1

Hi I'm working on a software project for work that inflects english words into their various derived forms. e.g. work (verb) -> works, working, worked. My main problem at the moment is that I need to standardize some naming conventions or categories for each inflection type in my program, and then funnel scraped data from across the internet into these categories.

For nouns it was fairly easy since there is just plural and possessive (correct me at any point if there is an error).

For adjectives I have base form, superlative, and comparative.

For verbs the situation is more complicated. I have a mood -> tense -> person -> number hierarchy currently that was brought over from the Italian language system. I want to be clear that I do not need a category for every possible combination, and I do not need separate categories for conjugations that use auxiliary verbs, only those which inflect the verb's form. I want a minimum set of categories that will fully describe all possible flexed regular & irregular verb forms. For instance from what I can tell https://en.wiktionary.org/wiki/be#Conjugation "be" is the most irregular verb and has 8 different forms, so ideally I'd like to have at most 8 categories.

At the moment, when I say "category" I mean a single combination of multiple "aspects". Sorry if I am using jargon loosely or improperly, I'm learning things as I do research for this project.

So far I have the following jumble of aspects:

Moods: indicative, imperative, subjunctive, infinitive, participle

Tenses: present, past, preterite

Persons: first person, second person, third person

Number: singular, plural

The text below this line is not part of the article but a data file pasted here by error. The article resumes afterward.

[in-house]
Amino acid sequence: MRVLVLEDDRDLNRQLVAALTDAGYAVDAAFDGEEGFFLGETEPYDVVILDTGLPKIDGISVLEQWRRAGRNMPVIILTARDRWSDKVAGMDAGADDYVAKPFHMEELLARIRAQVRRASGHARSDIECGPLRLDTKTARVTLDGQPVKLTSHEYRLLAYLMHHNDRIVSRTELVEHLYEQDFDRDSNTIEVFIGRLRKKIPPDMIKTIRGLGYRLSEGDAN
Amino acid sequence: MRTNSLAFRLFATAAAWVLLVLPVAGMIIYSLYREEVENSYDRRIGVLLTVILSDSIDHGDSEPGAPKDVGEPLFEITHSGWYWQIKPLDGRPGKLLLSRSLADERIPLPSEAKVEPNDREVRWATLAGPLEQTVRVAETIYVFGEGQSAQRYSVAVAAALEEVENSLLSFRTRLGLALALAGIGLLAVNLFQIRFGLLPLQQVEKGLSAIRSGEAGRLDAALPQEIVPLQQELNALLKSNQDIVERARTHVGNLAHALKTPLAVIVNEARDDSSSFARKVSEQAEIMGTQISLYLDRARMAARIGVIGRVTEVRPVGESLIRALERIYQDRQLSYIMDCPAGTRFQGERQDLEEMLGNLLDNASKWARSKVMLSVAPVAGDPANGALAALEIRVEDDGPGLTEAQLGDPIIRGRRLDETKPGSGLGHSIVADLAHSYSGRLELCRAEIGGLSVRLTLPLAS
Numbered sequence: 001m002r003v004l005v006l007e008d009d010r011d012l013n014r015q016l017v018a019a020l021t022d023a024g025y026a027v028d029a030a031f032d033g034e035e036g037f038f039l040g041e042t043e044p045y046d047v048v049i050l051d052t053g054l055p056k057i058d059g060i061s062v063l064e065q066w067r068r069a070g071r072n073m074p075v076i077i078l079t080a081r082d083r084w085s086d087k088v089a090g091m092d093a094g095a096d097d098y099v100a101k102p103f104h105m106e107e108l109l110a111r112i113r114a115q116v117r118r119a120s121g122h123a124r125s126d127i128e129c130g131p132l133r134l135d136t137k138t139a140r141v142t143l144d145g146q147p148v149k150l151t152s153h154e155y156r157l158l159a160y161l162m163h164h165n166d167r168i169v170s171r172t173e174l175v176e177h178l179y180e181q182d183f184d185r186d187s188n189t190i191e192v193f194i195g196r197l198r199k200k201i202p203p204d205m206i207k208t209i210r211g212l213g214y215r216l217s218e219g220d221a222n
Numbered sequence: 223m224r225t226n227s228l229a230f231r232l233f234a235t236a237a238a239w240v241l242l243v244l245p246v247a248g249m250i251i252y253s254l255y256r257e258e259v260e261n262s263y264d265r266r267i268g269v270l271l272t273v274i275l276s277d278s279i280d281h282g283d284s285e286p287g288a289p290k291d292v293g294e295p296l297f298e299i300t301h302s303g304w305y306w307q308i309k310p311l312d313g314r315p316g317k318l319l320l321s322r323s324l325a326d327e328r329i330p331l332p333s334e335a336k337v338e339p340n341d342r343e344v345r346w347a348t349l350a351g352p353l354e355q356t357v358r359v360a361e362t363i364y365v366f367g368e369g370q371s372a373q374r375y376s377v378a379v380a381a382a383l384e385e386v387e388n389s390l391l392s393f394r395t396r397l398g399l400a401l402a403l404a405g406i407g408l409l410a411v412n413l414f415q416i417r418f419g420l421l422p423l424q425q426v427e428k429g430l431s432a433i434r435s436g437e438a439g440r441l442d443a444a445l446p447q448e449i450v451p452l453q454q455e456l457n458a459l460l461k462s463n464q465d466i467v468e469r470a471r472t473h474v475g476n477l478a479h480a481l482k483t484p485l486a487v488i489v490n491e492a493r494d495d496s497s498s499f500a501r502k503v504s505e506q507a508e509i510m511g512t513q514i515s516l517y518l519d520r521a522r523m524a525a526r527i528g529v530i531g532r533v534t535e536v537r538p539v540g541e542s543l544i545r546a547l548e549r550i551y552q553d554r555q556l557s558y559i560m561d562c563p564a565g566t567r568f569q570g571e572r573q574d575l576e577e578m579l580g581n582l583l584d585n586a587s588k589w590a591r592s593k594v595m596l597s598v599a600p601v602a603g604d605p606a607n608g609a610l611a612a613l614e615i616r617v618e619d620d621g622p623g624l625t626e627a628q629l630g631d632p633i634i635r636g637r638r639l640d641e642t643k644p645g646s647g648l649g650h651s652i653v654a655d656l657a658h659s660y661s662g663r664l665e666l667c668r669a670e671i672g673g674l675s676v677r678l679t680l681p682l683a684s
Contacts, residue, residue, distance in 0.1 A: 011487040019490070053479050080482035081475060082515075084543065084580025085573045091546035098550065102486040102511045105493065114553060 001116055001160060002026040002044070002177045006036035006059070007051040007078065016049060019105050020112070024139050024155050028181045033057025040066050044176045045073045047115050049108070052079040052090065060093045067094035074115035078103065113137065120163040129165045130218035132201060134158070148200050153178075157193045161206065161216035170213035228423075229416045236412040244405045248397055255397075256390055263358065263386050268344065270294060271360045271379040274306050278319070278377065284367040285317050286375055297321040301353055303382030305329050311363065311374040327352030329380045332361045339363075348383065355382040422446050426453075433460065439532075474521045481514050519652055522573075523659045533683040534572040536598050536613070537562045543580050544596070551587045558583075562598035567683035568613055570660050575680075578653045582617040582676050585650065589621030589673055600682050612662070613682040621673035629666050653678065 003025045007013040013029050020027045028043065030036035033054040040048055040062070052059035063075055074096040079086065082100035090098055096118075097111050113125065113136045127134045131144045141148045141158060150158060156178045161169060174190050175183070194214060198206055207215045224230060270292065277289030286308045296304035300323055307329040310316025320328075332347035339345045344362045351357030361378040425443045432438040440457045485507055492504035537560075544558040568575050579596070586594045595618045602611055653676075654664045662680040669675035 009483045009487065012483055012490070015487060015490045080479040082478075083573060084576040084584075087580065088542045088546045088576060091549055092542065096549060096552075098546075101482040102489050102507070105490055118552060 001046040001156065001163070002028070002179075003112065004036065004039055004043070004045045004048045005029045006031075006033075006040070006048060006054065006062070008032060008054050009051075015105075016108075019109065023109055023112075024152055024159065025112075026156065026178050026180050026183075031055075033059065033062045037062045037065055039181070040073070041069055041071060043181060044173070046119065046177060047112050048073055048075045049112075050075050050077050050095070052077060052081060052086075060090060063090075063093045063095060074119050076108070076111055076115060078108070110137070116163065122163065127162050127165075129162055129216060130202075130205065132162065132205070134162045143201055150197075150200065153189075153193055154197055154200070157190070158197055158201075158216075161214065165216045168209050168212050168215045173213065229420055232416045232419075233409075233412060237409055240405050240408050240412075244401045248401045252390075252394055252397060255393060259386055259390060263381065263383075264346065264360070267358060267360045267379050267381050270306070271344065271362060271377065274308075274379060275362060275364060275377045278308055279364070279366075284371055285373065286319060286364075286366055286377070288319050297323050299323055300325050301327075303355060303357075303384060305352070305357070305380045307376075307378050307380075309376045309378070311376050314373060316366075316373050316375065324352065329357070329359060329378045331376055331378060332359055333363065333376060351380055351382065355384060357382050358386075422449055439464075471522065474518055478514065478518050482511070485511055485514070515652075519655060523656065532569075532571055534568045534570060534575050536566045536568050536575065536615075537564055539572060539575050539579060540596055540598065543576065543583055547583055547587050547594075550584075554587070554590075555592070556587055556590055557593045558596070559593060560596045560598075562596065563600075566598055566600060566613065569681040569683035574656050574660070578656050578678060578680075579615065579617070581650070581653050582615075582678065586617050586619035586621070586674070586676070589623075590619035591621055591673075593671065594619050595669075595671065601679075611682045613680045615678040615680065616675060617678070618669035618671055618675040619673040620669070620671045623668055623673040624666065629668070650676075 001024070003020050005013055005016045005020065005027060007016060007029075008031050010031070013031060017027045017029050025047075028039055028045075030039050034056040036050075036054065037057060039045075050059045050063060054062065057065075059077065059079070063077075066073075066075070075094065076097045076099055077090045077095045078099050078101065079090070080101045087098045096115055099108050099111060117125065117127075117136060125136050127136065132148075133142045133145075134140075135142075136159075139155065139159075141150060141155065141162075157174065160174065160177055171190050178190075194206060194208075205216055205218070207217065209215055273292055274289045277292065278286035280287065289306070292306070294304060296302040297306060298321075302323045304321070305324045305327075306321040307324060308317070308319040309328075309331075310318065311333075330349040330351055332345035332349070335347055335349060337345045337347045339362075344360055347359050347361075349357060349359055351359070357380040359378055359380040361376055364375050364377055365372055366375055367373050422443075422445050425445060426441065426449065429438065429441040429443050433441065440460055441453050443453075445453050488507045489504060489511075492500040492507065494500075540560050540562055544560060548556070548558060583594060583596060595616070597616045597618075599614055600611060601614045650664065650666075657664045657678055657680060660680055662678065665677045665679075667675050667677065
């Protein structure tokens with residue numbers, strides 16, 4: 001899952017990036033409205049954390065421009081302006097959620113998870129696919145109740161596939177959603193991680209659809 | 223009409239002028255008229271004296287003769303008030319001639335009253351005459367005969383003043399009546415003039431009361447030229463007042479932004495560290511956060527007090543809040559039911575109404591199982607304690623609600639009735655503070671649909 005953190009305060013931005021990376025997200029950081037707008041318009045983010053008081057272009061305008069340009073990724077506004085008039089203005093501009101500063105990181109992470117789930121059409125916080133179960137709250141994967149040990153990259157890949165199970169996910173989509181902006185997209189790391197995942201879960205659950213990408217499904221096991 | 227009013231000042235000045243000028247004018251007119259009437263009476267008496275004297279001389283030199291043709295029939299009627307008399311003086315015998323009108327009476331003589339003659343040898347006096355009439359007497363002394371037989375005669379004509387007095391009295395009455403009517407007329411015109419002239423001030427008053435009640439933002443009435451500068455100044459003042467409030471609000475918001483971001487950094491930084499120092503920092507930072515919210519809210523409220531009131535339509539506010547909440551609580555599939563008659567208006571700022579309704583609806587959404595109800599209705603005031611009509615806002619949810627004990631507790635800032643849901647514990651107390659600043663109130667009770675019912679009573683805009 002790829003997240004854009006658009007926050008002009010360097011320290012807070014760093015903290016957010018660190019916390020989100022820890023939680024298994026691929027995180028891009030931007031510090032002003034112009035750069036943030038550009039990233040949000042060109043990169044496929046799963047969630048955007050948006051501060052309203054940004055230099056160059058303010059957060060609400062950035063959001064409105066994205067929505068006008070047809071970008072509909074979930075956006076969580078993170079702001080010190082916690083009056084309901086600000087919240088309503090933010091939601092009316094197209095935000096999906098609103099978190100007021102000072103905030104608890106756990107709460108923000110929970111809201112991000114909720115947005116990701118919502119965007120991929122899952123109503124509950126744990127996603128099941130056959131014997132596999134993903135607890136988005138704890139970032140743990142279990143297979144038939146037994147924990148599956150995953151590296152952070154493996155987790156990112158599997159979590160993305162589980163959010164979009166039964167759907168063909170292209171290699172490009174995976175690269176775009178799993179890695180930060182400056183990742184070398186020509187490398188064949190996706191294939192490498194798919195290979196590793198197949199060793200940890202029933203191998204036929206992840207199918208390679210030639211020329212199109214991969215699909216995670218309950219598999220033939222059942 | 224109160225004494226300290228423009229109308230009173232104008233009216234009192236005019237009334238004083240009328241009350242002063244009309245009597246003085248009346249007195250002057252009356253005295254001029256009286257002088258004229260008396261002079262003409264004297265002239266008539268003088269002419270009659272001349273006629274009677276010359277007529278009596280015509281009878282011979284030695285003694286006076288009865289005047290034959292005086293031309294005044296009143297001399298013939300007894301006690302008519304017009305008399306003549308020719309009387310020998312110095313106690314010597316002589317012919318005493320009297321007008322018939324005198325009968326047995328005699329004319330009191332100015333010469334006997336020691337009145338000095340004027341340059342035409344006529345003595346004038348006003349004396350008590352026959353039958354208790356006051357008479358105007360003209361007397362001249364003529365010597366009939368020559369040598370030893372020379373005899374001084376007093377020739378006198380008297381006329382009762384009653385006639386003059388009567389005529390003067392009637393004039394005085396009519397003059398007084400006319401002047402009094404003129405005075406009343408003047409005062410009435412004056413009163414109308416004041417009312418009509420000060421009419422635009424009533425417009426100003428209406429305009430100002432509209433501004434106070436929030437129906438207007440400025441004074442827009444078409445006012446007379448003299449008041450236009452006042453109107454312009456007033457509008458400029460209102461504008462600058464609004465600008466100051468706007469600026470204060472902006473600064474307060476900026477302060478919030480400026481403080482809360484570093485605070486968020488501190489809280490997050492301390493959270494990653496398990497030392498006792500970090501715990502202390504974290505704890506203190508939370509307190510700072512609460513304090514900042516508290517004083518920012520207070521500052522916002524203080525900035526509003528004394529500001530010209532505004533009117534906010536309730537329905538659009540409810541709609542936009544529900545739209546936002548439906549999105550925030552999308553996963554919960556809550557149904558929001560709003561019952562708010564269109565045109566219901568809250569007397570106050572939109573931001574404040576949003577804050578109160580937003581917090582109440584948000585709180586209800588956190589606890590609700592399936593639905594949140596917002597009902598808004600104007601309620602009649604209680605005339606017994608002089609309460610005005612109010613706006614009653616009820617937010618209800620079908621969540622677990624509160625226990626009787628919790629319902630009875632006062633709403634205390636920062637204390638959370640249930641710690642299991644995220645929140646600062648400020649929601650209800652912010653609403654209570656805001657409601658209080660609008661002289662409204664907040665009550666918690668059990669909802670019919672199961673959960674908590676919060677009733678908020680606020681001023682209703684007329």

An example of a category might be indicative, present, third person, singular for work -> works.

I do not need to keep this hierarchy, I can use any flat or nested structure necessary. However, I need to know how a standard conjugation table (from wiktionary for example) might map onto it.

Currently I'm most worried about moods and tenses. For instance is the preterite identical to the past form? I understand that it's used to describe a different tense but it seems like the base inflection is the same. Can I get rid of one, and if so which?

The moods were mostly just copied and pasted from Italian. Can I get rid of the imperative? Does it have the same inflection pattern (i.e. none at all) as the infinitive?

Thanks for any replies

7
  • Possible duplicate: english.stackexchange.com/q/106629/24489. I disagree with Cascabel: with all verbs the imperative and infinitive forms are the same (to is just a 'marker' employed in some circumstances but not a piece of the form). The 'subjunctive' does not involve any additional forms; rather, it restricts the use of other forms. BE is anomalous, the only verb with an infinitive/imperative/'subjunctive' distinct from the base form and a distinct 1st person singular present form; and modal verbs are 'defective', with no participle or infinitive/imperative/'subjunctive' forms. Mar 17, 2017 at 18:39
  • 1